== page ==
I was elected to be an at-large member of the D.C. Council in 2012 after running to reform our elections and to help restore faith in our politicians and our political processes. We’ve made progress in this area, but more work remains. Taking greater steps to make our democracy more representative and inclusive of all D.C. residents would help ensure that those running for office can better serve their constituents. Unfortunately, there are big-money interests that don’t want to see this happen.
Americans for Prosperity, an extreme right-wing, Koch brothers-funded think tank, criticized the Fair Elections Act of 2017, elections reform legislation that I introduced earlier this year with eight of my council colleagues.
Here’s the truth: Fair elections are an essential step to empowering historically underserved communities and addressing long-standing racial inequities. The bill I introduced multiplies the donations of small donors with a five-to-one public financing match, making small donations politically powerful. Fair elections is not just about who donates; it’s also about amplifying the voices of those who have been pushed aside by big money in politics. This is about who participates in the political process and who has a say in policy decisions.
The Fair Elections Act of 2017 is about fulfilling a promise I made when I first ran for office that our elections should value voters over dollars and that residents’ voices matter more than wealthy donors’. Fair elections mean that even the smallest donations can have a big impact, especially when communities organize and donate together.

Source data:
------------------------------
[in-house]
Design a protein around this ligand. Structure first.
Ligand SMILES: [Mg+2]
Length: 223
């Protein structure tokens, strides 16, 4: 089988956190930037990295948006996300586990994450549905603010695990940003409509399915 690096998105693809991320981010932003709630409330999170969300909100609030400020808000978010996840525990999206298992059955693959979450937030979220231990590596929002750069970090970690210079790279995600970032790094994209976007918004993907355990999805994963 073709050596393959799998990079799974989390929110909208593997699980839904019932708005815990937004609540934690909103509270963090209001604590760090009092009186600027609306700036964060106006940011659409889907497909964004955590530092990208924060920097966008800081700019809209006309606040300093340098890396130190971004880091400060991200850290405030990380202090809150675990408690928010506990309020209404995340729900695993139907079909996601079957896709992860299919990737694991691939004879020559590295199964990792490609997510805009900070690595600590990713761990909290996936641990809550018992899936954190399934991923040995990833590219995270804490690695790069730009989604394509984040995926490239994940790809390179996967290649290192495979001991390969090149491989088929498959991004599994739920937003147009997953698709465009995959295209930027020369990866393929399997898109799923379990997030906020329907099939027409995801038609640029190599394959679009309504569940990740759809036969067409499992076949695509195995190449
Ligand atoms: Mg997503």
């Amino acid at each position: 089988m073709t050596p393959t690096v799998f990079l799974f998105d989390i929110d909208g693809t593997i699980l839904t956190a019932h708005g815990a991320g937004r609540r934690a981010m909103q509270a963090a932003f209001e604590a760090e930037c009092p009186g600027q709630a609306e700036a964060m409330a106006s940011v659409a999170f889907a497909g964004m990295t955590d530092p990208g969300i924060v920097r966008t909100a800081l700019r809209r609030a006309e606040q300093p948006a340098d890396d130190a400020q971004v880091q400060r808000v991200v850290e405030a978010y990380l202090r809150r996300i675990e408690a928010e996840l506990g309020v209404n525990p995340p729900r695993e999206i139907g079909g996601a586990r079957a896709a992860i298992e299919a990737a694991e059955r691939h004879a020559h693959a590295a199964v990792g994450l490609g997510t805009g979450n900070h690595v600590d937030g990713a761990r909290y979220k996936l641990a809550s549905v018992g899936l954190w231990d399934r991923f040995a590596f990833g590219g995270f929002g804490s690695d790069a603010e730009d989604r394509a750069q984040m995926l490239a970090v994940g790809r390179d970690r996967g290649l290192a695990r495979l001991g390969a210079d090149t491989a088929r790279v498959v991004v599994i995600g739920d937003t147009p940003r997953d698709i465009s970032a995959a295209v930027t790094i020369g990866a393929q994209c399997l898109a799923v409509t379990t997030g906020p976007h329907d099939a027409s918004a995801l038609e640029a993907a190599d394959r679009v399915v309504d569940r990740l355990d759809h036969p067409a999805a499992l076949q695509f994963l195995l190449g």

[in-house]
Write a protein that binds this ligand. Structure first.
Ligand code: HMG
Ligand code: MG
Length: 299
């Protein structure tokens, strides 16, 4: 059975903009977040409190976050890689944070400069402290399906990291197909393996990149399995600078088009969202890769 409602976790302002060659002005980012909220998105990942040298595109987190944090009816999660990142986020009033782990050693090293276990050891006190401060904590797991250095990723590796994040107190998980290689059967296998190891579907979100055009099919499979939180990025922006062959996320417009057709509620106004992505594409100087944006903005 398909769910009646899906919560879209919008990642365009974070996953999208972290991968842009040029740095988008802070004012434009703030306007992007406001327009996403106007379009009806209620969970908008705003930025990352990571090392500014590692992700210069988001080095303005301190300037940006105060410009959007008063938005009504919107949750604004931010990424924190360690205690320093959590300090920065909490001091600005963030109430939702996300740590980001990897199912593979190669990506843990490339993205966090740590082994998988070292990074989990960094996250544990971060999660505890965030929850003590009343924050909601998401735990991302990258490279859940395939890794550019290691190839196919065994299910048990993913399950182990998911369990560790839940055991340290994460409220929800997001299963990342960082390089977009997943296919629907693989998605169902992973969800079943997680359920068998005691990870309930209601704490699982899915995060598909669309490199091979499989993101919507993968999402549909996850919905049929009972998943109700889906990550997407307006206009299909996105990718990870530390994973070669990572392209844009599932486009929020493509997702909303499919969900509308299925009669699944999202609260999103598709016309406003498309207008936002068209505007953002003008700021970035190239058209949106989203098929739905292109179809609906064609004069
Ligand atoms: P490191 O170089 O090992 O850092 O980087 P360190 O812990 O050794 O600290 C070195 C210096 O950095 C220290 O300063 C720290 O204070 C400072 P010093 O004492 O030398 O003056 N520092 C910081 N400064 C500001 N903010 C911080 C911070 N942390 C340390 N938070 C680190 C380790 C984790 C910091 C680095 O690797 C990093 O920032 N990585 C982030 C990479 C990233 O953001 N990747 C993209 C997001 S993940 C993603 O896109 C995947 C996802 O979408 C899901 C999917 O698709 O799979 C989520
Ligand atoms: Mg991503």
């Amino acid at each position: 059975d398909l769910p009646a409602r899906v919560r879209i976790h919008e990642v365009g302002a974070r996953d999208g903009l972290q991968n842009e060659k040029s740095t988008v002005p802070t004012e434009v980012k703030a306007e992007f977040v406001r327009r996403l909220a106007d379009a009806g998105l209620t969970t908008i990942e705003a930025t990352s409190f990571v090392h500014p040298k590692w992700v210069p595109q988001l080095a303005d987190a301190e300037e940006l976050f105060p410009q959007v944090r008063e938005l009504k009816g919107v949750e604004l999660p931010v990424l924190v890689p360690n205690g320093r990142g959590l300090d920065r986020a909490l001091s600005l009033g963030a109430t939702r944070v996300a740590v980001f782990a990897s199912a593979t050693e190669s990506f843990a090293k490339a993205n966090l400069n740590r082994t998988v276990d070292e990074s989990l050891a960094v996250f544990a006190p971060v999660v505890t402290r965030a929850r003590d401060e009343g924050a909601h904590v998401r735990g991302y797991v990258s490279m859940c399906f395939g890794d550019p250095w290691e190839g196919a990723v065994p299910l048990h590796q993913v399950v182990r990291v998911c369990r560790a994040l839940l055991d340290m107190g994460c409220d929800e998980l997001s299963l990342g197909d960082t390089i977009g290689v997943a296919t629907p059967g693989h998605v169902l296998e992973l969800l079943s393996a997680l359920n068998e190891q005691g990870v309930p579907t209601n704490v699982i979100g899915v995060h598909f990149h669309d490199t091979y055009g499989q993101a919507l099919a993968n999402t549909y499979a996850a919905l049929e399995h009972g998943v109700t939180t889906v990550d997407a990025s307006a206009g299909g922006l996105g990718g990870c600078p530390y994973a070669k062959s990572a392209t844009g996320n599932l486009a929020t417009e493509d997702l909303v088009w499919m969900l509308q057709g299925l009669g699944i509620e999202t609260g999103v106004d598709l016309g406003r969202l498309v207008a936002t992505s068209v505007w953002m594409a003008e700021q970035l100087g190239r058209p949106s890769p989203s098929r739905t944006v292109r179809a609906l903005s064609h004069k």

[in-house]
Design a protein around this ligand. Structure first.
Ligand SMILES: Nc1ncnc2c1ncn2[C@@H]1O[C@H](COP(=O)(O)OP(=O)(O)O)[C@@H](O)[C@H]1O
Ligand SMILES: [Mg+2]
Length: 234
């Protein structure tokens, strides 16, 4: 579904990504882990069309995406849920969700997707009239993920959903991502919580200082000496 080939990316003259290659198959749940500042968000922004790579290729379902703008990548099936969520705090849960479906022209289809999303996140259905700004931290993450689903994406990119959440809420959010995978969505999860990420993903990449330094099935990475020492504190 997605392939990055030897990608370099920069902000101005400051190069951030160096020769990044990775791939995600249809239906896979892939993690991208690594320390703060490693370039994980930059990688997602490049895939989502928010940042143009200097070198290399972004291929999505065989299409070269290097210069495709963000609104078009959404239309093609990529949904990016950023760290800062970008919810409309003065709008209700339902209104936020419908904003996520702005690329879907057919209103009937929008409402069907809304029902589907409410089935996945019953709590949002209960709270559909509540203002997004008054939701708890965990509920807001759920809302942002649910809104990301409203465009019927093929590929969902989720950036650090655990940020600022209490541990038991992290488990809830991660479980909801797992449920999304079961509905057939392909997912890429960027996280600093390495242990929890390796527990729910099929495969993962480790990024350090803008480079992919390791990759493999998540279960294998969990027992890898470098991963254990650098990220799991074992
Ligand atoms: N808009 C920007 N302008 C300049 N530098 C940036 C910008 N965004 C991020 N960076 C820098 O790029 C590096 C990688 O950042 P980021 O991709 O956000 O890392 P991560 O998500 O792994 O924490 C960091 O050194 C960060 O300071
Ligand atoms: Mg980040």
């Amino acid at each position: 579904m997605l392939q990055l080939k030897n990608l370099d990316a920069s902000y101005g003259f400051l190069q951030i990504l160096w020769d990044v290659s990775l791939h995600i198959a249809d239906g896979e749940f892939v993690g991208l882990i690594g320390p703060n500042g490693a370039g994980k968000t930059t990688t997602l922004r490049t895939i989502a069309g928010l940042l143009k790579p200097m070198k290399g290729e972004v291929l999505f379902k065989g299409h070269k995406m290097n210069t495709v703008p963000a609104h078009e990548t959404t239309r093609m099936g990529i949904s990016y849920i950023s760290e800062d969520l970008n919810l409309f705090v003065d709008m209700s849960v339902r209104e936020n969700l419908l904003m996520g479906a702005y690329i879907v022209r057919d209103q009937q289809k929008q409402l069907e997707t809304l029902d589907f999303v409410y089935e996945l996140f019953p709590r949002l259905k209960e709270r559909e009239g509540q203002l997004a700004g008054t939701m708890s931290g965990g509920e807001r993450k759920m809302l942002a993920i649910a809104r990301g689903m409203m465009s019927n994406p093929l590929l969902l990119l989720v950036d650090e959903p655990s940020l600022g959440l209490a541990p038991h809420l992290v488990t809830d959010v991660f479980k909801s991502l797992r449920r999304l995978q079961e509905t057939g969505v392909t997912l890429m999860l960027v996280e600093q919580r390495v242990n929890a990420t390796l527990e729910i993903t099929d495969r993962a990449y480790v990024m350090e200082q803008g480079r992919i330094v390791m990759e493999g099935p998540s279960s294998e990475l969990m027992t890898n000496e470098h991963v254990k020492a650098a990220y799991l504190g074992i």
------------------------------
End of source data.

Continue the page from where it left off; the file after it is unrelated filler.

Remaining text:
Once this program becomes law, it will help make our democracy more inclusive and balance the scales of power in favor of the people who live and vote here, primarily people of color and women.
According to new census data analyzed by the D.C. Fiscal Policy Institute, while “incomes of DC households remain on an upward trajectory, longstanding racial disparities widened between 2015 and 2016, and people of color are doing economically worse not only than their white counterparts, but also compared to the year before.” Black median household income is less than a third of whites’ in the District and has actually fallen since 2015. The poverty rate for our black residents is higher than pre-recession levels and has increased for Latino residents, too.
Simply put, black families in the District overall have less wealth and income than white families — and therefore have less ability to give to political candidates. This helps explain why black D.C. residents are underrepresented year after year in political donations. As a recent study by Demos found, white individuals make up a disproportionate amount of donations to mayoral and council races compared with the white proportion of our population. Meanwhile, small donors are more likely to be people of color or female.
Additionally, the money that currently funds our local elections is disproportionately from wealthy, white donors, many of whom do not live or vote in the District. In a world where money wins elections, that means they are getting far more say in their elected representation than black or Latino residents. That’s wrong, but Fair Elections puts us on a path to fix it.
The goal of the Fair Elections legislation is to ensure that voters — not big donors or outside interests such as the extreme right-wing Americans for Prosperity — set the agenda for our elections and the issues we address as elected officials.
I, along with a majority of the Council, want to invest more in our democracy through Fair Elections so we can be an example to the nation.
David Grosso, an independent, is an at-large member of the D.C. Council.